Saturation Correction Guidance

NSIDC recommends that users apply the saturation correction to ICESat laser elevations for cryospheric applications or for any study of high-albedo targets, especially for the higher laser-energy campaigns (e.g., Laser 1A/B, 2A, 2B, 3A, 3B), before analysis of relative surface elevations or surface elevation change. The saturation correction values are available for each derived elevation but are not automatically applied in the elevation-related data sets from ICESat (products GLA-05, -06, -12 through -15). Refer also to the ICESat Laser Operational Periods table.

NOTE: References to GLAS binary product names GLA01 to GLA15 refer to original GLAS binary data, and are retained here for informational and provenance purposes. Access to GLAS binary data was removed 01 August, 2017. All GLAS data are available in HDF5 format, products GLAH01 to GLAH15.

A significant portion of the ICESat elevation and waveform data are impacted by GLAS detector saturation owing to stronger-than-expected received laser energy. The likelihood of saturation impact on the return waveform increases for campaigns with (1) higher laser transmit energy, and (2) high reflectivity surfaces (such as snow, sea ice, and ice sheets). Conversely, the impact is lessened for either low transmit energy campaigns or low reflectivity land and ocean surfaces, or when atmospheric transmission of laser energy is reduced (i.e. cloudy or hazy atmosphere). In addition, since the gain-setting algorithm is based on the received energy of the previous shot in the profile, the GLAS receiver can have ‘single-shot’ detector saturation due to strong transitions in received energy. In general, saturated GLAS waveforms produce a surface range measurement that is too long, making the elevation of the surface appear lower than it actually is. The scale of the effect can be many 10s of centimeters.  The effect, and the development and validation of a correction, is discussed in detail in Sun et al. (2017, in press to TGARS).

An initial version of the saturation correction algorithm was established early in the mission (Sun et al., 2005). An improved version was developed for Laser 3 campaigns. Applying the correction, now using updated versions in the final releases of the GLA products, compensates for the impact of saturation on the reported range and the derived elevation when the correction is valid. Some unpublished analyses of full-mission data suggest that there is a residual laser-energy-related effect on the altimetry data throughout the mission. This is still under analysis.

If uncorrected, the saturation effect produces biases when comparing elevations between campaigns with very different laser energies. On a hypothetical unchanging Earth surface, elevations measured by the ICESat campaigns with high GLAS laser energy (e.g. L1a/B, L2a, L3a, L3b) will appear lower than the same laser locations measured by weaker-laser campaigns (L2c, L2d, L2e, L2f, L3h, L3i, L3j, L3k).  As a rule of thumb, the saturation effect over bright surfaces is not significant for laser transmit energies below about 20 millijoules, assuming constant GLAS gain settings and surface albedo/reflectivity.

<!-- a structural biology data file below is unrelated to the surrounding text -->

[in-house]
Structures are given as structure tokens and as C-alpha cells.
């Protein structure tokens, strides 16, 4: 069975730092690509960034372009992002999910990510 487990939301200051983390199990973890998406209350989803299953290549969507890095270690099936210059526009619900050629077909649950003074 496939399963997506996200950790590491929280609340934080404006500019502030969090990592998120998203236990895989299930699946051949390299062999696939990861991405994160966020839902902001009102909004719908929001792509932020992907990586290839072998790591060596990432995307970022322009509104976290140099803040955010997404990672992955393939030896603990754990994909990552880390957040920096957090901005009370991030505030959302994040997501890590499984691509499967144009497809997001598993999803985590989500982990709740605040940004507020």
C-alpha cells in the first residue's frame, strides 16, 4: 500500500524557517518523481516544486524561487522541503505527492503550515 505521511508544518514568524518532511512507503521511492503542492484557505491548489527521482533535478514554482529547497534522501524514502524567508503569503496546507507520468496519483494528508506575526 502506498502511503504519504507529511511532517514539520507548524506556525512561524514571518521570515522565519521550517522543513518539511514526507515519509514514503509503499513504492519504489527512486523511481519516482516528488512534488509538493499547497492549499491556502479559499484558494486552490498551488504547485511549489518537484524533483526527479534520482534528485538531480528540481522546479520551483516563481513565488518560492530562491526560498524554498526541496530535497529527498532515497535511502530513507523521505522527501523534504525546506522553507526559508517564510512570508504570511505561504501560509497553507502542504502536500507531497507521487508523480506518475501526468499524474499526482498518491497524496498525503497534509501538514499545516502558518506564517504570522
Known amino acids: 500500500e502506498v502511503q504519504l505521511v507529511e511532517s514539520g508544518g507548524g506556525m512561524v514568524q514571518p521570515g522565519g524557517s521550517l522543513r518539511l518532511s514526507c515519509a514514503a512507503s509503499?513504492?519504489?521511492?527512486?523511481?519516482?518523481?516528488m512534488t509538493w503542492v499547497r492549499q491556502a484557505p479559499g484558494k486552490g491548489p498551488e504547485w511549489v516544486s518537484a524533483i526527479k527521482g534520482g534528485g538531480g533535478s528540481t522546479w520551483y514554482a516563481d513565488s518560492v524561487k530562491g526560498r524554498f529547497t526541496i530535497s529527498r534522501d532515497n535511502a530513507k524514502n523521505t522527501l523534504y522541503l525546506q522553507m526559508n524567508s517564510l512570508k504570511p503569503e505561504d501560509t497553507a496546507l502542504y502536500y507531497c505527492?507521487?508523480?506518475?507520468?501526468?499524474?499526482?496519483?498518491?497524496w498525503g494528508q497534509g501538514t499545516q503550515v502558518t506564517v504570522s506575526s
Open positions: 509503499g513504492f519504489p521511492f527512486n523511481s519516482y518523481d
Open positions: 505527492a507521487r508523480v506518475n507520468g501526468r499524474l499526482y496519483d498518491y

Residual laser-energy-related impacts on elevations over bright surfaces remaining even after application of the saturation correction (if any) can be addressed by applying inter-campaign bias corrections (ICBs), if users are concerned with very precise elevation change detection (centimeter-scale per year) over bright surfaces. NSIDC has published a guide describing ICBs and how to use them. Note that the saturation correction is not applied to any of the products (GLA-05, -06, or GLA 12-15). Guidance on its application is included in the data dictionary entries for the ‘satElevCorr’ parameter, excerpted below.

The saturation elevation correction (i_satElevCorr) has not been applied and needs to be added to this elevation. This can be over a one meter correction. If it is invalid then the elevation should not be used. The saturation correction flag (i_satCorrFlg) is an important flag to understand the possible quality of the elevation data. The saturation index (i_satNdx) can be used for more understanding of concerns on data quality from saturation effects.

Description: Correction to elevation for saturated waveforms. This correction has not been applied to the data so to apply it SUBTRACT the correction from the range estimate. To apply the correction to the elevations it must be ADDED to the elevation estimates.

Group: Data_40HZ/Elevation_Corrections
Correction to elevation for saturated waveforms. This correction has NOT been applied to the data. To apply it SUBTRACT the correction from the range estimate. To apply the correction to the elevations it must be ADDED to the elevation estimates.

Group: Data_40HZ/Quality
This group contains data quality flags and related parameters.
sat_corr_flg (should be the same in either data set version)
Saturation Correction Flag; Indicates if the saturation is Not Saturated (i_satNdx<2) or No Signal; Inconsequential (i_satNdx>=2 & i_pctSat<2.0); is Applicable (i_satNdx>=2 & i_pctSat>=2.0 & Full Width*<100ns); is Not Computable; is Not Applicable (i_satNdx>=2 & i_pctSat>=2.0 & Full Width*>=100ns)

flag values      flag_meanings
0, 1, 2, 3, 4, 5  not_saturated, inconsequential, applicable, not_computed, not_applicable


Sun, X., Abshire, J.B., Yi, D. and Fricker, H.A., 2005. ICESat receiver signal dynamic range assessment and correction of range bias due to saturation. In AGU Fall Meeting Abstract C34A-07.

Sun, X., J. Abshire, A. Borsa, H. Fricker, D. Yi, J. DiMarzio, K. Brunt, D. Harding, and G. Neumann, 2017 in press. ICESat/GLAS Altimetry Measurements: Signal Dynamic

Sun, X., J. B. Abshire, D. Yi, H. A. Fricker. 2005. Range and Saturation Correction, Trans. Geoscience and Remote Sensing. , Trans. Geoscience and Remote Sensing TGRS-2016-00302.R1.